Articles & Videos

Different ways to differentiate with iMaths

Paper airplane

Subscribe to our newsletters

Receive teaching resources and tips, exclusive special offers, useful product information and more!


Back to articles & videos

Different ways to differentiate with iMaths

iMaths 20/5/21


Note: iMaths is in its final year and will be discontinued at the end of 2024. If you’re looking for a primary maths resource written for the Australian Curriculum Version 9.0, explore Maths Trek.

iMaths offers many differentiation options so you can cater for a range of abilities within your class and engage all of your students in effective learning experiences.

Start with differentiation tasks

Log in to iMaths Online to find printable differentiation tasks for each topic. These tasks come in three levels – support, consolidation and extension. They can be used in addition to the student book activities as the ‘you do’ part of your explicit teaching lesson.

  • Support tasks assist students who struggle with topic concepts. You can also use them as a diagnostic tool to gauge students’ prior knowledge before starting a topic.
  • Consolidation tasks give students additional opportunities to apply their knowledge of topic concepts.
  • Extension tasks keep fast finishers engaged with opportunities for higher-order thinking.

You can also use differentiation tasks for revision, assessment or homework. For more ideas on how to use the differentiation tasks, watch the iMaths Differentiation tutorial.

Extend fast finishers with challenges

Many topics in the student books contain challenges that require students to apply their knowledge of concepts to a more complex problem. Use these challenges to keep fast finishers engaged and motivated.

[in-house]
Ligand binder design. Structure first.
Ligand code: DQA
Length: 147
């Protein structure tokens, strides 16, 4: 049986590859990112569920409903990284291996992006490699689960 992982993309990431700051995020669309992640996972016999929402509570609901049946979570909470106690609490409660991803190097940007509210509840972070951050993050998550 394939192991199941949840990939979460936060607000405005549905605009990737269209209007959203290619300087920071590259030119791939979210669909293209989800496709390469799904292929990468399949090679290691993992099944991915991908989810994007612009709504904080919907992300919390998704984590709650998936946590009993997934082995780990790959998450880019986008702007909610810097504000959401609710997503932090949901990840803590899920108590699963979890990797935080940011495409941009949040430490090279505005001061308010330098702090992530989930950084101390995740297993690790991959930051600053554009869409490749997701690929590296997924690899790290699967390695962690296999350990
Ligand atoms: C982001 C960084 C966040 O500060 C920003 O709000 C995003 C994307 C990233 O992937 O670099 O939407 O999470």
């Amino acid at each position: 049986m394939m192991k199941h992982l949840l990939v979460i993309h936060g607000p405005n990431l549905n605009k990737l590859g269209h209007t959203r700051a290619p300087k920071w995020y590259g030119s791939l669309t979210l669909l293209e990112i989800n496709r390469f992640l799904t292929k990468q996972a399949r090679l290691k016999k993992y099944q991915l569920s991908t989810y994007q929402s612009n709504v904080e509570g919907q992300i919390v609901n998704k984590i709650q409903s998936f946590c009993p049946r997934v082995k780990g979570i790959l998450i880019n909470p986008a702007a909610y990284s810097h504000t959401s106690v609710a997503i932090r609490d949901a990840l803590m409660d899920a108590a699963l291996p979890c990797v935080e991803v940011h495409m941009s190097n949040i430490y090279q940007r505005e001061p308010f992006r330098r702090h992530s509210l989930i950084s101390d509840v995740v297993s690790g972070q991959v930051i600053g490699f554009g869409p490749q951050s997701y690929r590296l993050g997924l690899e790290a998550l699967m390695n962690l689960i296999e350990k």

Group students effectively in your investigations

Before an investigation, gauge student ability by making observations when teaching the prerequisite topics. From there, decide whether same-ability or mixed-ability groups will work best for your class when conducting the investigation.

Mixed-ability groups have mentoring benefits. They allow students to collaborate and naturally determine who can help who work towards the common goal of the investigation. Your more capable students get the value of becoming leaders and mentors. This encourages them to think critically about how to explain ideas to their peers who have different levels of knowledge and skills. Meanwhile, struggling students are supported to consolidate their understanding.

With same-ability groups you can shape the investigation to suit the abilities of each group of students. You can confidently set a more competent group to work independently and extend themselves using the inquiry task included at the end of every investigation. This frees up your time to work more closely with your struggling students, providing prompting and assistance as they work through the investigation.

Look for opportunities to be flexible with investigations

The flexible nature of investigations provides an abundance of opportunities to cater for different learning abilities. For ideas, read our article: Adapt your investigations to suit your classroom.

Consolidate with interactive games

Use the iMaths Online games as a fun way for students to practise and revise their number concepts. Available from Foundation to Year 6, each game has a range of difficulty levels. You can project the game and play as a whole class, or students can log in to the student site to play independently.

Make the games Number Charge, Gridlock and Track It a part of your differentiation program. To find out more, read our article: Using iMaths Online games.

Share your tips for differentiating in maths lessons on social media and tag us on Facebook, Twitter and Instagram.

More iMaths articles & videos